The first sounds emitted by Wendy Eisenberg’s guitar on Editrix’s second album are screeching arcs of noise. These parabolas of dissonance ricochet for over a minute before devolving into scattered jabs that twitch with anxious energy. Eisenberg revels in the friction of these kinds of uncomfortable tones, frequently pairing discordant harmonies with lyrics that hit in a similar way. Often they sing of the awkward, bitter feeling of being thrown into a world that twists us into shapes that feel unnatural—the cognitive dissonance of living in a society that insists you act in ways that are in opposition to your core values. But even as Eisenberg exploits the expressive potential of discord, they frame these personal and philosophical crises with a disarming mixture of sincerity and irony that is both funny and profound.
Eisenberg’s music takes several forms, including avant-garde jazz and tender folk-like songs they sing by themself, but the bludgenoning post-hardcore of Editrix is their bluntest, most provocative outlet for this discontent. The trio, which includes Steve Cameron on bass and Josh Daniel on drums, pounds its way through Editrix II: Editrix Goes to Hell’s 12 songs. Each band member bears down on their instrument, and they bolster the intensity with complexity of their interlocking riffs and rhythms, which are frequently disrupted by off-kilter runs and sharp left turns. Those tight hairpins, dextrous in ways that allude to Eisenberg’s extensive jazz training, foster a gripping unpredictability as the band cycles through multiple tempos and melodic passages. Spindly guitars get tangled around beats so heavy with syncopation they make 4/4 feel oddly metered, but Editrix playfully ride these unpredictable waves. It’s clear they’re having fun.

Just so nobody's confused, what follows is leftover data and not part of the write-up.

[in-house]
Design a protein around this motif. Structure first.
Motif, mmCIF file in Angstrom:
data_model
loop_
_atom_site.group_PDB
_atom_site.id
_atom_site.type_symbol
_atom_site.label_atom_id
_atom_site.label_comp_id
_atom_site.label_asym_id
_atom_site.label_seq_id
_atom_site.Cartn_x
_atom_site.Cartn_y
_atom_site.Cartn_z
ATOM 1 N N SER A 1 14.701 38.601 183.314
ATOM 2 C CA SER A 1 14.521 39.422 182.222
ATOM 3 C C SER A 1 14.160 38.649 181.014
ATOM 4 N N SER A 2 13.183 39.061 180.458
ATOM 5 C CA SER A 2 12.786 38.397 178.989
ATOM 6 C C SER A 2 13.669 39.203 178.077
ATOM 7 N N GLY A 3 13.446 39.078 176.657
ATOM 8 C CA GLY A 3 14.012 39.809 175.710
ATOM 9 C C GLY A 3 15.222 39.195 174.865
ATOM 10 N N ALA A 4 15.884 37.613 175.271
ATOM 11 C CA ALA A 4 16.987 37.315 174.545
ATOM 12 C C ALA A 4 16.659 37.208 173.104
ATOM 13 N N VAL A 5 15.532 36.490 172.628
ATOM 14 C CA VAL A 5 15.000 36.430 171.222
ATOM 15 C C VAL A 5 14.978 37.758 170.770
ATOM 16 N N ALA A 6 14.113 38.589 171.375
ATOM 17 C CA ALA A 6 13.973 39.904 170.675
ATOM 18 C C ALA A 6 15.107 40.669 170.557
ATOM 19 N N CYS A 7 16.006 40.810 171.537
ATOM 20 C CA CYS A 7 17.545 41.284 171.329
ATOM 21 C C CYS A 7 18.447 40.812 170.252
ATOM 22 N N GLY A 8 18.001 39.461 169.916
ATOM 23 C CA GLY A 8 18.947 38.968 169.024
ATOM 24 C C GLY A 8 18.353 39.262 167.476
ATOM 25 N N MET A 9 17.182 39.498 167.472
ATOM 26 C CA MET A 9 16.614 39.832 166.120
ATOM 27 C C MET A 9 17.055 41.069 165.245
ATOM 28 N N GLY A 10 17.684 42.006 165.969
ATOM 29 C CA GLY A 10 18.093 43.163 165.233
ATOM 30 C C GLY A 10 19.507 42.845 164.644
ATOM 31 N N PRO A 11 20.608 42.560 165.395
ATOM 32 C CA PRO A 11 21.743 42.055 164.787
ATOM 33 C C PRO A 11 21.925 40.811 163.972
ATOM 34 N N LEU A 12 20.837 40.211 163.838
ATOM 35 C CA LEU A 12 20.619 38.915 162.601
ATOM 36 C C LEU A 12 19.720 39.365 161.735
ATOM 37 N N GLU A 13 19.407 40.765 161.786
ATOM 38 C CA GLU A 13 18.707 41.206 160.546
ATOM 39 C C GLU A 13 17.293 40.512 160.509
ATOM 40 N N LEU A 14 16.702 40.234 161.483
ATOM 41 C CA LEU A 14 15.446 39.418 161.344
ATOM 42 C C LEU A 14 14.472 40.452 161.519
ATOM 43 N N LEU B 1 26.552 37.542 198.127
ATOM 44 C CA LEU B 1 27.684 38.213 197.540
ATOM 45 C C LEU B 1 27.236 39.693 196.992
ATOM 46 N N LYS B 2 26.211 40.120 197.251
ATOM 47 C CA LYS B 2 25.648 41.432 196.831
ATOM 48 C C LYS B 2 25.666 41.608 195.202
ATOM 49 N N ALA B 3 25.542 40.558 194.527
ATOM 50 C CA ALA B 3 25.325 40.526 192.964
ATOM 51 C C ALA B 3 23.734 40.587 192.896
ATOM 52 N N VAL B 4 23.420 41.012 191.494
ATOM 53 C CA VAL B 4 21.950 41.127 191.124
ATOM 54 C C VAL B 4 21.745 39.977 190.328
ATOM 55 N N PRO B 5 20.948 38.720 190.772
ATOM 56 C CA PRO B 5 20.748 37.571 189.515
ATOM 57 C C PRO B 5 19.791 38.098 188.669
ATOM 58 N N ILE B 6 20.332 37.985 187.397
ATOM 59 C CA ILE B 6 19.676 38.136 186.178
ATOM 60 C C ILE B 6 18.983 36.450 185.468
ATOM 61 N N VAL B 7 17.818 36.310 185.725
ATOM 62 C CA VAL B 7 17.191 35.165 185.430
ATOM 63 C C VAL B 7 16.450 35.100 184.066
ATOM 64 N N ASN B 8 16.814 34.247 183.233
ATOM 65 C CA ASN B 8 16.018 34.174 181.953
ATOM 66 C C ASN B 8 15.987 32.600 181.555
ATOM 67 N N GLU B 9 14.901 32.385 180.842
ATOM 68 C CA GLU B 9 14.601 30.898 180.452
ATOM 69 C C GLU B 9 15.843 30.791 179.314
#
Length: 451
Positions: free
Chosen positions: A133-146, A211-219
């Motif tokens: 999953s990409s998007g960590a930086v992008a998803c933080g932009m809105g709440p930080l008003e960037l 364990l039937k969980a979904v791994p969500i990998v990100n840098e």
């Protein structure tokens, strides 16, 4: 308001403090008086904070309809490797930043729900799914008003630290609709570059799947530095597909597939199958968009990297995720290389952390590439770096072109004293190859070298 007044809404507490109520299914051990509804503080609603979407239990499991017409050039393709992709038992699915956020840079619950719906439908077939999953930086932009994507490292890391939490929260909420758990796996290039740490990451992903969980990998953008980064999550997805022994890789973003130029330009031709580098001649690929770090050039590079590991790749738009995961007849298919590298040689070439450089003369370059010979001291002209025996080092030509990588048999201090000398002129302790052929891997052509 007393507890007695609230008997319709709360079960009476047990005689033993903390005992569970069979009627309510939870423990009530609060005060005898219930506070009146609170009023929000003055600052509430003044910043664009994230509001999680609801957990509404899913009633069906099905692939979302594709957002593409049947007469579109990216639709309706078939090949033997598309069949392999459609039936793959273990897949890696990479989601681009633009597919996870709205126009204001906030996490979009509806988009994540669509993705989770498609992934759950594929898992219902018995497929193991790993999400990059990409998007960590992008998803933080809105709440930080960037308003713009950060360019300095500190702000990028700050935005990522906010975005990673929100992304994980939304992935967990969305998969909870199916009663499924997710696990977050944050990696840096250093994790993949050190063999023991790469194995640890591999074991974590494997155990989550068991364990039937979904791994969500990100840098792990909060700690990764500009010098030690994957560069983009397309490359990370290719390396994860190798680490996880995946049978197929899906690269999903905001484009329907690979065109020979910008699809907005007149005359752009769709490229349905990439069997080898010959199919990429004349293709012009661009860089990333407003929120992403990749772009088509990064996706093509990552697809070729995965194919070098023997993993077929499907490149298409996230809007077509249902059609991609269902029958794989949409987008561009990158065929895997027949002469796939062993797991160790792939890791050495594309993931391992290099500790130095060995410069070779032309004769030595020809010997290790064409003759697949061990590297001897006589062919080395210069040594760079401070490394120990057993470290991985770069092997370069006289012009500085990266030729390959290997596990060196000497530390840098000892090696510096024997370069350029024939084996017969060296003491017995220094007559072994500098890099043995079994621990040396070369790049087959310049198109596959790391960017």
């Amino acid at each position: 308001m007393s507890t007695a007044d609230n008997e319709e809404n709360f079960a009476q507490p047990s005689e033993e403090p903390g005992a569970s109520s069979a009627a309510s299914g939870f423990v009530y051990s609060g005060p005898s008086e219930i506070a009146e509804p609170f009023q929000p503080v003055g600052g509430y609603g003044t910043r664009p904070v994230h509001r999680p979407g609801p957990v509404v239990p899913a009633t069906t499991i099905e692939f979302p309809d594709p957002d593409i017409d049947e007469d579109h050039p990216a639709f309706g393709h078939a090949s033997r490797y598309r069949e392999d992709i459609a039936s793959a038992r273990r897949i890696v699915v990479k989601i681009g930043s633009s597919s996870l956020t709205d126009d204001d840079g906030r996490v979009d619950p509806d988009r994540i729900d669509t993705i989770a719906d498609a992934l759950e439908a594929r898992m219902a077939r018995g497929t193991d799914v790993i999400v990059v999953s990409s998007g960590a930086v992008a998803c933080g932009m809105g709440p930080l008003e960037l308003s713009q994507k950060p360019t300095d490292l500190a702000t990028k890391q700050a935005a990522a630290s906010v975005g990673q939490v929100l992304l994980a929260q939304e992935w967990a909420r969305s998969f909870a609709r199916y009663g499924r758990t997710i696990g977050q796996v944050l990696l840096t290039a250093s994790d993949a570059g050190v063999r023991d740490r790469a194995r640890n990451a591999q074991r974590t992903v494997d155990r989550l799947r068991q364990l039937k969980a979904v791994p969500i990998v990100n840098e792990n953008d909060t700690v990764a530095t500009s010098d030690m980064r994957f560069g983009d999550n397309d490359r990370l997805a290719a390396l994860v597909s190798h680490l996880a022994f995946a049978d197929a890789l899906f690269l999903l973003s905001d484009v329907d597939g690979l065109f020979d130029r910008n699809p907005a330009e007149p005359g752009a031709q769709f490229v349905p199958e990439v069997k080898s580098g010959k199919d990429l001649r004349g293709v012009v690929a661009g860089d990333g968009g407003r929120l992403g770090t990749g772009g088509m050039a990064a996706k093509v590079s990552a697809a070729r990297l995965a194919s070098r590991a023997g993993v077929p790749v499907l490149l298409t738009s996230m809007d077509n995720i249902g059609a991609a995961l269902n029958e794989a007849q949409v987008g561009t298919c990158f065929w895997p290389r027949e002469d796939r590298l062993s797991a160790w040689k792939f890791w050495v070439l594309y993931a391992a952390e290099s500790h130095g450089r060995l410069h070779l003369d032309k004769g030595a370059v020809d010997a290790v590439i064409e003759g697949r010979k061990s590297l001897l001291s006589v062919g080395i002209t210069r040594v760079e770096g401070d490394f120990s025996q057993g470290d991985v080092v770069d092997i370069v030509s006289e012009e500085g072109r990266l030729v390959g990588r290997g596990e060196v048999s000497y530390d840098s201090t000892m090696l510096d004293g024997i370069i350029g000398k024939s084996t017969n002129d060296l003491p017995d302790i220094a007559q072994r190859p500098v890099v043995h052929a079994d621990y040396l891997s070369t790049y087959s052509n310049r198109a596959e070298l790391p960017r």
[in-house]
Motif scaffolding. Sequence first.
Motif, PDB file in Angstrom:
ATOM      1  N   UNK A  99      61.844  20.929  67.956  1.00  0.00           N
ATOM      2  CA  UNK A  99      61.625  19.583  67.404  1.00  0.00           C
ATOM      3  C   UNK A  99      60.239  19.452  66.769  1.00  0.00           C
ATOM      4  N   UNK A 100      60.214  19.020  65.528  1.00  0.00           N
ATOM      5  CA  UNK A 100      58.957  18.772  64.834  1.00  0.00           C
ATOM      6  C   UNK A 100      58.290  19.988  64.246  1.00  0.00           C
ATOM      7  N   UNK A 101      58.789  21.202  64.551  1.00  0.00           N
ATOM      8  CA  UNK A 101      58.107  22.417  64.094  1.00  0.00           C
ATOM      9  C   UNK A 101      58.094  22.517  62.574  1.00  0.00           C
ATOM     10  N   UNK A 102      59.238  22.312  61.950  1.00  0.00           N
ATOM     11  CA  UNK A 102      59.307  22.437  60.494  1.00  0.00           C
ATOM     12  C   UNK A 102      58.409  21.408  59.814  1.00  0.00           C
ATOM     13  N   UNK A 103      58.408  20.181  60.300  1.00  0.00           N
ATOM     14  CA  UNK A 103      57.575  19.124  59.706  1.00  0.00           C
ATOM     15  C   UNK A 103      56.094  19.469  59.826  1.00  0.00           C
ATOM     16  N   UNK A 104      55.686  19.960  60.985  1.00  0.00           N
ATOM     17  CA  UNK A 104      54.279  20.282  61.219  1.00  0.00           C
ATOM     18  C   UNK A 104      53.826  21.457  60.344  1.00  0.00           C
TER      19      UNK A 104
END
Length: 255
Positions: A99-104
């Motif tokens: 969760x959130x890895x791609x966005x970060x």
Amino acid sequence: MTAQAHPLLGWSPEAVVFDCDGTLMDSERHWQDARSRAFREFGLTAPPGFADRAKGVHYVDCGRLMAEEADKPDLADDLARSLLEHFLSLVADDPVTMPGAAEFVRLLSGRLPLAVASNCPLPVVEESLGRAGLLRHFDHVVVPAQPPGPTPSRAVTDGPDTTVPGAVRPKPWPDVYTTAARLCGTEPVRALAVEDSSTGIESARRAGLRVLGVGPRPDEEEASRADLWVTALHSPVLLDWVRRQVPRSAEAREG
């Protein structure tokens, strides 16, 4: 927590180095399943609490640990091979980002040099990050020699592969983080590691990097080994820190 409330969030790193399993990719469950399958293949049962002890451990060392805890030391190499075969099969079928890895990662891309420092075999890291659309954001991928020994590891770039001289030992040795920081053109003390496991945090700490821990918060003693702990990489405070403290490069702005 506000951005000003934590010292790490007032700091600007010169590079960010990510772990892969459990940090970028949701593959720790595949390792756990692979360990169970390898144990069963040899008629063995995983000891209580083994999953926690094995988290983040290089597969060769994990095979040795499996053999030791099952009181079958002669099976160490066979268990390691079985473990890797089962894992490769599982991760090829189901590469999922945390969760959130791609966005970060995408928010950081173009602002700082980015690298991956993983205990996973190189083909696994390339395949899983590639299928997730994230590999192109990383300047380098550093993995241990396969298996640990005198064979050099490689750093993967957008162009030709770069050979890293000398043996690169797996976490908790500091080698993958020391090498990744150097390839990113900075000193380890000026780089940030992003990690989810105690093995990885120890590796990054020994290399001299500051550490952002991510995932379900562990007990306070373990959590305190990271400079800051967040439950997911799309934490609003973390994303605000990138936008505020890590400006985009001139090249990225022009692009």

One of the consistent elements between Eisenberg’s solo work and Editrix is their ability to write sticky melodies that fit neatly into knotty chords and chromatic riffs that only occasionally resolve. They consistently find the square pegs that will miraculously fit a round hole, and their nonchalant, intimate style of singing makes the juxtaposition feel natural. Rarely do they shriek, growl, or moan the way a typical punk singer might, and they don’t strain their voice to be heard above the instrumental maelstrom. Instead they sing as they might if accompanied only by a single guitar, their voice perched high atop the mix so each lyric can be deciphered and absorbed.
Abrupt shifts in tone are typical of the album’s lyrics as well, which are peppered with tongue-in-cheek lines that swerve into more severe territory. “The anthropocene means humans are winning,” sings Eisenberg on “Queering Ska” before admitting dire acceptance—“I know that it will end/That it is ending.” When they sing, “It’s 2019, who is queering ska?” gleeful upstrokes seem to answer their own question, but in the next breath, whimsy gives way to the trauma of the following year: “It’s 2020, who is not on Earth?” On “Time Can’t Be Redeemed,” they find a witty way to express dark ruminations: “On the subject of whether or not to live, I’m undecided and can’t be swayed.” It’s not that they use humor as a coping mechanism, but that they understand the absurdity buried deep in the hellish conditions of life under capitalism. Rather than succumb to it, they laugh in its face.